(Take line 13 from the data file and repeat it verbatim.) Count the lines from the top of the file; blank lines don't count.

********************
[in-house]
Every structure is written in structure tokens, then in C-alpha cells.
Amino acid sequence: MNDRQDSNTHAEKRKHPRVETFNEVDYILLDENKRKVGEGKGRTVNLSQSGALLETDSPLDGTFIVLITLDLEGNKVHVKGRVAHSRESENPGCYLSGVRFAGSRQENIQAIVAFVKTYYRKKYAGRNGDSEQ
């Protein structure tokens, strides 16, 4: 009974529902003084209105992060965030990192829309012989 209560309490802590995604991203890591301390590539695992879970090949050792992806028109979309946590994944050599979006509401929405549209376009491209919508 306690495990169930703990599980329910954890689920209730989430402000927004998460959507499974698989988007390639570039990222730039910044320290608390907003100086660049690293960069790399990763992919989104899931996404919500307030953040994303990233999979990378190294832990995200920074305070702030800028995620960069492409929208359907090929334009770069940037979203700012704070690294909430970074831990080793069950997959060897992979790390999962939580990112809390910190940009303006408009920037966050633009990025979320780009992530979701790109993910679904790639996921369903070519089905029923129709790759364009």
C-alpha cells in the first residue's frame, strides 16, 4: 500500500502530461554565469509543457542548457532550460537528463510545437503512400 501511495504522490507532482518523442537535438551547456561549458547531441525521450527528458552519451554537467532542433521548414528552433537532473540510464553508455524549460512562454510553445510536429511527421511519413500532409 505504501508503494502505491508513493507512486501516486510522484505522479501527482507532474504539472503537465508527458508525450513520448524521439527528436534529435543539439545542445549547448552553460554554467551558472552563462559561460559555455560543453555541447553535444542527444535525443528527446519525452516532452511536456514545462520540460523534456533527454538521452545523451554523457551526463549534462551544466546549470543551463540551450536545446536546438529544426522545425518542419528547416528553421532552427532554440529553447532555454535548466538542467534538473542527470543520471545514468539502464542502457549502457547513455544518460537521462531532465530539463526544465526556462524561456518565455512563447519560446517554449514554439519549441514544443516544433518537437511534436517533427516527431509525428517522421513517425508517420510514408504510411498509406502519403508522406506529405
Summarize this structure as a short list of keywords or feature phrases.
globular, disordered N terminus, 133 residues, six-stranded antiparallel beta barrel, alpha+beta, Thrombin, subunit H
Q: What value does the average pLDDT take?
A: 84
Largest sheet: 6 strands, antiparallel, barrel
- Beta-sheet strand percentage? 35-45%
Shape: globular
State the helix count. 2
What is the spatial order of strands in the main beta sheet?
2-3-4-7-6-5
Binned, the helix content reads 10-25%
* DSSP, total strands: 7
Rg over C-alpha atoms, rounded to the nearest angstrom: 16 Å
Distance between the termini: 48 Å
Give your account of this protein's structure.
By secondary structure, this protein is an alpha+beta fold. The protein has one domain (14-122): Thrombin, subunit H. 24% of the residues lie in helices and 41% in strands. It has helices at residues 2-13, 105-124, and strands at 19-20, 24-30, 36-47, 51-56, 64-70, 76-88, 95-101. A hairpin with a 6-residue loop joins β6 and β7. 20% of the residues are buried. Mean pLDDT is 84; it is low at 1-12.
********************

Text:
State the helix count. 2